Law

Looking the IP opportunity in the mouth —some traps for budding entrepreneurs

September 19, 2020 Paul Brennan
Law
Looking the IP opportunity in the mouth —some traps for budding entrepreneurs
Chapters
Law
Looking the IP opportunity in the mouth —some traps for budding entrepreneurs
Sep 19, 2020
Paul Brennan

You are passionate about what you do. You brim over with ideas.  Then you are approached by a business that has money, loves your work and wants to take you to the next level. What could go wrong?

Paul Brennan 2010. All rights reserved.



Brennans solicitors
Lawyers - commercial, property, IP, litigation, Will disputes

Show Notes Transcript

You are passionate about what you do. You brim over with ideas.  Then you are approached by a business that has money, loves your work and wants to take you to the next level. What could go wrong?

Paul Brennan 2010. All rights reserved.



Brennans solicitors
Lawyers - commercial, property, IP, litigation, Will disputes

You are passionate about what you do. You brim over with ideas for flower arranging, or fitness training or some other undertaking. Your documents start to have tables, and new names that you thought up yourself. You register some trademarks. Then you are approached by one of those companies that have business models, company structures and overseas investors. They love your work, and readily sign your “homemade” contract. They want you to consult for a great fee on each stage of their journey to world domination (money seems no object). Success is yours. 
They excel in producing proposals and presentations for what will be a worldwide clientele. Your module names, trademarks and know-how appear freely on their ever-growing website and the line between your work and theirs becomes indistinguishable. They share your information with others.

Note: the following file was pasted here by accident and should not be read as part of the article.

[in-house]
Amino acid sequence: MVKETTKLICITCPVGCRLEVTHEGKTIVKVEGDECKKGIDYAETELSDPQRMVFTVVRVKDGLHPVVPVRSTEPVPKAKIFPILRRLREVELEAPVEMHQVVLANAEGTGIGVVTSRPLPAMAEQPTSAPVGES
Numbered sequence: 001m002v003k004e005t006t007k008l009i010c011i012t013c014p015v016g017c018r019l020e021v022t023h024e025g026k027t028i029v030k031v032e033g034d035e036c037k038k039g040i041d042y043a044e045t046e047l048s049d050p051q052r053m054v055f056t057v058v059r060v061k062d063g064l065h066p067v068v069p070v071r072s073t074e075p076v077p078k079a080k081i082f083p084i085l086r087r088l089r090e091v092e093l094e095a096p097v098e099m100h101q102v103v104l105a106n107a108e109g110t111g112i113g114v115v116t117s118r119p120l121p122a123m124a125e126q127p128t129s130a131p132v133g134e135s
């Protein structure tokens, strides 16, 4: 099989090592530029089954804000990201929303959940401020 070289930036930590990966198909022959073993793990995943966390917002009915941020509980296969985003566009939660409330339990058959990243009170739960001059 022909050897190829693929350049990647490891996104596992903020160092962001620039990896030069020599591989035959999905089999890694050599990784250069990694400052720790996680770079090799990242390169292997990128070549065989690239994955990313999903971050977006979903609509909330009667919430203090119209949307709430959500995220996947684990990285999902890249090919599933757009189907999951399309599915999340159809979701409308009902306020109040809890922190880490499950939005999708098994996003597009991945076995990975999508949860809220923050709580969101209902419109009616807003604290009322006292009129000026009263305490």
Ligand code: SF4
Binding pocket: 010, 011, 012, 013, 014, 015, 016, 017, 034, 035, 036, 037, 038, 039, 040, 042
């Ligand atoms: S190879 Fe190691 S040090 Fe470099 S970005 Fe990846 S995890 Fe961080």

After the initial flurry of high wages, company cars and hotel expenses, many such joint ventures need to show their investors that value has been created. It is then that they may try to steal your IP. Maybe your “homemade” contract will protect you, maybe not. 
There are four types of legal documents that give creative people control over their deals: 
1. Terms and conditions of service and/or consultancy agreement; 
2. Confidentiality agreement to stop others being told of your ideas and shown your materials; 
3. Distribution agreement and/or agency agreement; 
4. IP license to protect your ideas. 

Your IP license should, among other things: 
 . list the products, training manuals, modules and trademarks (registered and unregistered) that you own. 
 . specify the license given. For instance, a “non-exclusive” license means they can use the material, but so can anyone else with your permission. The more generous the license, the more you charge. 

You have supped with the devil, and it may be too late to pull back, but that is business, and you should either seek legal protection, or at least be aware that you are vulnerable. 
Many small business owners do without some or all of these documents and comfortably manage unsuccessful businesses for years, thereby avoiding this sort of legal expense.

Paul Brennan 2010. All rights reserved.